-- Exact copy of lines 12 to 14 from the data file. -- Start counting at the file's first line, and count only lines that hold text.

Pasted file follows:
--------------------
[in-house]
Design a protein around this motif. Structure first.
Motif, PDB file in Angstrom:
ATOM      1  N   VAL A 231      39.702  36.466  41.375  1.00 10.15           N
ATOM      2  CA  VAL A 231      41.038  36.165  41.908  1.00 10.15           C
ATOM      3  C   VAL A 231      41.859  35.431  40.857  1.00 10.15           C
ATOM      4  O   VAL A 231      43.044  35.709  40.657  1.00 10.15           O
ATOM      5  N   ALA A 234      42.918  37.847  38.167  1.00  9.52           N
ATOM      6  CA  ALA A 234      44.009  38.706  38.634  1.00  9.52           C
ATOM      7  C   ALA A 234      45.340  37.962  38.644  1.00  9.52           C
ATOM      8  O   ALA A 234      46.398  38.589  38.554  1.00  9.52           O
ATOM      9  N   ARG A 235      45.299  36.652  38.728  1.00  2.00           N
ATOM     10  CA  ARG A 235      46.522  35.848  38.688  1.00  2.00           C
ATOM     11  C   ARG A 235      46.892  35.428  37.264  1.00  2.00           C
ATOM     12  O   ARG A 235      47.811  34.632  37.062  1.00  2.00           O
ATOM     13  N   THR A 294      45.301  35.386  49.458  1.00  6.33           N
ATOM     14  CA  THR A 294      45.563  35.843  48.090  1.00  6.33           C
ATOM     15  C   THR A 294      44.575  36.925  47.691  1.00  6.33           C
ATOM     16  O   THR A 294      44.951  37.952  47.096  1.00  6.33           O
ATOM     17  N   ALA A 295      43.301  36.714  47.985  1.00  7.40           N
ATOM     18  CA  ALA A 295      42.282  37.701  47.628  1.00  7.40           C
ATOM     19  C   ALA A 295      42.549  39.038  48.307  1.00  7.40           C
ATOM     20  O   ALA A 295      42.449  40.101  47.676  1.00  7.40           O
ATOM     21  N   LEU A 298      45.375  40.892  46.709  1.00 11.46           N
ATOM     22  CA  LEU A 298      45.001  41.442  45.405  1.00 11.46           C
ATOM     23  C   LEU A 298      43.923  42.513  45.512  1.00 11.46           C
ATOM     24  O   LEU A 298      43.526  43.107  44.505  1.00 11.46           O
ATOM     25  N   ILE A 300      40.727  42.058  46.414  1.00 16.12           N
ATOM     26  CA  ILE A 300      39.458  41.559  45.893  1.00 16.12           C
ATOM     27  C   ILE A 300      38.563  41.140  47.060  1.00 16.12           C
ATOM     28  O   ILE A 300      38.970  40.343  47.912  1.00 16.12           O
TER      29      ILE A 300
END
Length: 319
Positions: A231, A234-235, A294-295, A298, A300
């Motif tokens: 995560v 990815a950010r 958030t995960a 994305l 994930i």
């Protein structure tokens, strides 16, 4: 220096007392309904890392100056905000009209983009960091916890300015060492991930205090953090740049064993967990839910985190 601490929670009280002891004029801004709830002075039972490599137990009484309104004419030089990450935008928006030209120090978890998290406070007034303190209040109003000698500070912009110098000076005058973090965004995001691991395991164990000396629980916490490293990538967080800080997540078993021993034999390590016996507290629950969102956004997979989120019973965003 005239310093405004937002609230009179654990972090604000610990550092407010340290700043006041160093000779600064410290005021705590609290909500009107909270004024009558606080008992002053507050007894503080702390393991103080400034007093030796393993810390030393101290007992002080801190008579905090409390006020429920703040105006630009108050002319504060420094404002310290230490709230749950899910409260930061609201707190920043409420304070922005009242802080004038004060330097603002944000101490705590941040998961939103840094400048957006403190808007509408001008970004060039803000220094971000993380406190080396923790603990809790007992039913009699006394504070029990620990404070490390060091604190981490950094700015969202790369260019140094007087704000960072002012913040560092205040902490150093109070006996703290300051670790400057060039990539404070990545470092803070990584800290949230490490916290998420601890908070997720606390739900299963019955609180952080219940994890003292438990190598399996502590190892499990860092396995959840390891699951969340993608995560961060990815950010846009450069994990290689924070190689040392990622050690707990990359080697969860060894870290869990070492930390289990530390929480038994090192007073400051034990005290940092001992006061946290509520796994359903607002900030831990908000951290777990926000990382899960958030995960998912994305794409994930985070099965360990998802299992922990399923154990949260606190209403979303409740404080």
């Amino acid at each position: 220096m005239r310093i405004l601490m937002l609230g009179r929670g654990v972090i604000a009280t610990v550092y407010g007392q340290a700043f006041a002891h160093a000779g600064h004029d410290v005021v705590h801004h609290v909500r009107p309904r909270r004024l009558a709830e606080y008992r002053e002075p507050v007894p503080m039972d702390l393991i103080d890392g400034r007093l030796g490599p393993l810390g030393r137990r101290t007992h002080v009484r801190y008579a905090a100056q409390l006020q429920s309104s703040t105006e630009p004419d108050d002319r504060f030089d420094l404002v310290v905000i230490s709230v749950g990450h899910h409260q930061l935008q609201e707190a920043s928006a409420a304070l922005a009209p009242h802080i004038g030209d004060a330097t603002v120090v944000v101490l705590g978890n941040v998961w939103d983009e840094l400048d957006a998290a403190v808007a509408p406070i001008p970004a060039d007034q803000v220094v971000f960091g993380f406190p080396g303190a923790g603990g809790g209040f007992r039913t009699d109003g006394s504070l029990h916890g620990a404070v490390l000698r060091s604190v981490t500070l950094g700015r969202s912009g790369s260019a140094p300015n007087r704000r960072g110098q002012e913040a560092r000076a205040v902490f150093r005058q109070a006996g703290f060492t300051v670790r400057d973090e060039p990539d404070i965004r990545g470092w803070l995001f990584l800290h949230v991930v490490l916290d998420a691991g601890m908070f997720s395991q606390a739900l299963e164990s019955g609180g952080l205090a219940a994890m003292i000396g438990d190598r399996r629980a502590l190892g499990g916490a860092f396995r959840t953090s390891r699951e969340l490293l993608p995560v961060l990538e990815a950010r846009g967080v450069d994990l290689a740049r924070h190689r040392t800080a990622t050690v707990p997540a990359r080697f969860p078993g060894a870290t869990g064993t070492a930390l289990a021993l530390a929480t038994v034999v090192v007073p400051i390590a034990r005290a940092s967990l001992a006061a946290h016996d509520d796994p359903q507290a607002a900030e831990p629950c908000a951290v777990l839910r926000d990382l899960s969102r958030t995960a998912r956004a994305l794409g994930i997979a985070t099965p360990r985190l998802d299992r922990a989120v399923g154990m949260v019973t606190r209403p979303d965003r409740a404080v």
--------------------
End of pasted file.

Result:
ATOM      9  N   ARG A 235      45.299  36.652  38.728  1.00  2.00           N
ATOM     10  CA  ARG A 235      46.522  35.848  38.688  1.00  2.00           C
ATOM     11  C   ARG A 235      46.892  35.428  37.264  1.00  2.00           C